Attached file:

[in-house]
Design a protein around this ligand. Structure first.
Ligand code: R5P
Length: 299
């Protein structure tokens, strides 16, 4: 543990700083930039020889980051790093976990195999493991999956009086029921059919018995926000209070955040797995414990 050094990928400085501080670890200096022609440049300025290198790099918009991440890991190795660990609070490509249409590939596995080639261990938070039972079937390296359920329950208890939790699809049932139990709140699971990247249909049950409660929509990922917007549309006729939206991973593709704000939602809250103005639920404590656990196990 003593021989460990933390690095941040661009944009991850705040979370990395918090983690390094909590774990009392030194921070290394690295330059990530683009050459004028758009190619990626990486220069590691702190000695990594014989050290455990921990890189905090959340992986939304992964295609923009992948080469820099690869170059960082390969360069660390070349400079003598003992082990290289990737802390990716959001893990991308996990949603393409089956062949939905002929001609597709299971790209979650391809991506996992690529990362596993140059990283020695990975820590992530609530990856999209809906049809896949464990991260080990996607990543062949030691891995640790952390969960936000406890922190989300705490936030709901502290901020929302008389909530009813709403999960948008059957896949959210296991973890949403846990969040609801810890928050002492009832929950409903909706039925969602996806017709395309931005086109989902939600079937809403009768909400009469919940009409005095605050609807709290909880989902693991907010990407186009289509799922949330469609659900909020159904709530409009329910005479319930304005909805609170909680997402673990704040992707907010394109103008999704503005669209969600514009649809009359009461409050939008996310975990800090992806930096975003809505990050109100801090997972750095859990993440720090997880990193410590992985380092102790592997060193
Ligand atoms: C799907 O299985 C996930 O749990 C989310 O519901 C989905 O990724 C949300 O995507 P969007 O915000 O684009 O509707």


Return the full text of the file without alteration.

[in-house]
Design a protein around this ligand. Structure first.
Ligand code: R5P
Length: 299
């Protein structure tokens, strides 16, 4: 543990700083930039020889980051790093976990195999493991999956009086029921059919018995926000209070955040797995414990 050094990928400085501080670890200096022609440049300025290198790099918009991440890991190795660990609070490509249409590939596995080639261990938070039972079937390296359920329950208890939790699809049932139990709140699971990247249909049950409660929509990922917007549309006729939206991973593709704000939602809250103005639920404590656990196990 003593021989460990933390690095941040661009944009991850705040979370990395918090983690390094909590774990009392030194921070290394690295330059990530683009050459004028758009190619990626990486220069590691702190000695990594014989050290455990921990890189905090959340992986939304992964295609923009992948080469820099690869170059960082390969360069660390070349400079003598003992082990290289990737802390990716959001893990991308996990949603393409089956062949939905002929001609597709299971790209979650391809991506996992690529990362596993140059990283020695990975820590992530609530990856999209809906049809896949464990991260080990996607990543062949030691891995640790952390969960936000406890922190989300705490936030709901502290901020929302008389909530009813709403999960948008059957896949959210296991973890949403846990969040609801810890928050002492009832929950409903909706039925969602996806017709395309931005086109989902939600079937809403009768909400009469919940009409005095605050609807709290909880989902693991907010990407186009289509799922949330469609659900909020159904709530409009329910005479319930304005909805609170909680997402673990704040992707907010394109103008999704503005669209969600514009649809009359009461409050939008996310975990800090992806930096975003809505990050109100801090997972750095859990993440720090997880990193410590992985380092102790592997060193
Ligand atoms: C799907 O299985 C996930 O749990 C989310 O519901 C989905 O990724 C949300 O995507 P969007 O915000 O684009 O509707």